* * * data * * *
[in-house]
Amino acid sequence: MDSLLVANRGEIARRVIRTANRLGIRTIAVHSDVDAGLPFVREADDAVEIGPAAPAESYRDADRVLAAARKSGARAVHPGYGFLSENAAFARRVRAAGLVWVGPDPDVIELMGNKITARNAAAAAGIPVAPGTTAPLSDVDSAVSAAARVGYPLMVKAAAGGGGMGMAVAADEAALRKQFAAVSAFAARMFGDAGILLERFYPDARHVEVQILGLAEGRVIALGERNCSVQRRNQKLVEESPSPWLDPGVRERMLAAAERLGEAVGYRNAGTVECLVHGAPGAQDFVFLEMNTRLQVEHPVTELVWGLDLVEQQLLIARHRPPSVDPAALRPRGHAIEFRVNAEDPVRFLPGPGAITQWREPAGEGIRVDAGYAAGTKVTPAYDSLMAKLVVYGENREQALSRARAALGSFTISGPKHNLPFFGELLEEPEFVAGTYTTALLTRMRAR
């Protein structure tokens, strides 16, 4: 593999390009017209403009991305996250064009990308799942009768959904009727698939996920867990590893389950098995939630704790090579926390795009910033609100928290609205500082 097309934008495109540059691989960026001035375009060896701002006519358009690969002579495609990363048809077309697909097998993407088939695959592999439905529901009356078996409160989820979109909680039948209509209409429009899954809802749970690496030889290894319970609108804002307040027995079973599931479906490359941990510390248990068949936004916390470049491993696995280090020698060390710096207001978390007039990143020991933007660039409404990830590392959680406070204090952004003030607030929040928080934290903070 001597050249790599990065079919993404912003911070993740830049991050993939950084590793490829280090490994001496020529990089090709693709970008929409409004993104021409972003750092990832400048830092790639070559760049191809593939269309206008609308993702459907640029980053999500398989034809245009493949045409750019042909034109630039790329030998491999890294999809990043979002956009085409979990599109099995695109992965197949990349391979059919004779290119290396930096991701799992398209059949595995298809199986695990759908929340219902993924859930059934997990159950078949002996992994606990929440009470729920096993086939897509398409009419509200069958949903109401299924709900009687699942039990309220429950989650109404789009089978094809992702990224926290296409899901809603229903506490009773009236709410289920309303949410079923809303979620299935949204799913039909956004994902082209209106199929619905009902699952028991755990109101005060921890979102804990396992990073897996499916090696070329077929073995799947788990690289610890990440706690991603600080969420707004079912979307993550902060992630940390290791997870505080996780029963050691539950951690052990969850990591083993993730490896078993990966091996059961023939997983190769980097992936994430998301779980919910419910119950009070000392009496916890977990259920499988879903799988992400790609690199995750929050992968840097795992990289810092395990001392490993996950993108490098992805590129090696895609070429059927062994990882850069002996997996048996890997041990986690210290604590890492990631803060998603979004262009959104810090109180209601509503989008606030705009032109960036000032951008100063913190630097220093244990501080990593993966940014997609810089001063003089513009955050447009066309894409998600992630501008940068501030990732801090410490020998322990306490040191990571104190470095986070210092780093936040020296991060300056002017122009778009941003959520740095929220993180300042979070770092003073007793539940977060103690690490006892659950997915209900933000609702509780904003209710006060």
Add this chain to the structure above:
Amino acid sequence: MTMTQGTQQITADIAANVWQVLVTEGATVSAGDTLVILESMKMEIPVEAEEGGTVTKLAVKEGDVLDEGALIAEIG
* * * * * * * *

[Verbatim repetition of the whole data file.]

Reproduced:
[in-house]
Amino acid sequence: MDSLLVANRGEIARRVIRTANRLGIRTIAVHSDVDAGLPFVREADDAVEIGPAAPAESYRDADRVLAAARKSGARAVHPGYGFLSENAAFARRVRAAGLVWVGPDPDVIELMGNKITARNAAAAAGIPVAPGTTAPLSDVDSAVSAAARVGYPLMVKAAAGGGGMGMAVAADEAALRKQFAAVSAFAARMFGDAGILLERFYPDARHVEVQILGLAEGRVIALGERNCSVQRRNQKLVEESPSPWLDPGVRERMLAAAERLGEAVGYRNAGTVECLVHGAPGAQDFVFLEMNTRLQVEHPVTELVWGLDLVEQQLLIARHRPPSVDPAALRPRGHAIEFRVNAEDPVRFLPGPGAITQWREPAGEGIRVDAGYAAGTKVTPAYDSLMAKLVVYGENREQALSRARAALGSFTISGPKHNLPFFGELLEEPEFVAGTYTTALLTRMRAR
């Protein structure tokens, strides 16, 4: 593999390009017209403009991305996250064009990308799942009768959904009727698939996920867990590893389950098995939630704790090579926390795009910033609100928290609205500082 097309934008495109540059691989960026001035375009060896701002006519358009690969002579495609990363048809077309697909097998993407088939695959592999439905529901009356078996409160989820979109909680039948209509209409429009899954809802749970690496030889290894319970609108804002307040027995079973599931479906490359941990510390248990068949936004916390470049491993696995280090020698060390710096207001978390007039990143020991933007660039409404990830590392959680406070204090952004003030607030929040928080934290903070 001597050249790599990065079919993404912003911070993740830049991050993939950084590793490829280090490994001496020529990089090709693709970008929409409004993104021409972003750092990832400048830092790639070559760049191809593939269309206008609308993702459907640029980053999500398989034809245009493949045409750019042909034109630039790329030998491999890294999809990043979002956009085409979990599109099995695109992965197949990349391979059919004779290119290396930096991701799992398209059949595995298809199986695990759908929340219902993924859930059934997990159950078949002996992994606990929440009470729920096993086939897509398409009419509200069958949903109401299924709900009687699942039990309220429950989650109404789009089978094809992702990224926290296409899901809603229903506490009773009236709410289920309303949410079923809303979620299935949204799913039909956004994902082209209106199929619905009902699952028991755990109101005060921890979102804990396992990073897996499916090696070329077929073995799947788990690289610890990440706690991603600080969420707004079912979307993550902060992630940390290791997870505080996780029963050691539950951690052990969850990591083993993730490896078993990966091996059961023939997983190769980097992936994430998301779980919910419910119950009070000392009496916890977990259920499988879903799988992400790609690199995750929050992968840097795992990289810092395990001392490993996950993108490098992805590129090696895609070429059927062994990882850069002996997996048996890997041990986690210290604590890492990631803060998603979004262009959104810090109180209601509503989008606030705009032109960036000032951008100063913190630097220093244990501080990593993966940014997609810089001063003089513009955050447009066309894409998600992630501008940068501030990732801090410490020998322990306490040191990571104190470095986070210092780093936040020296991060300056002017122009778009941003959520740095929220993180300042979070770092003073007793539940977060103690690490006892659950997915209900933000609702509780904003209710006060």
Add this chain to the structure above:
Amino acid sequence: MTMTQGTQQITADIAANVWQVLVTEGATVSAGDTLVILESMKMEIPVEAEEGGTVTKLAVKEGDVLDEGALIAEIG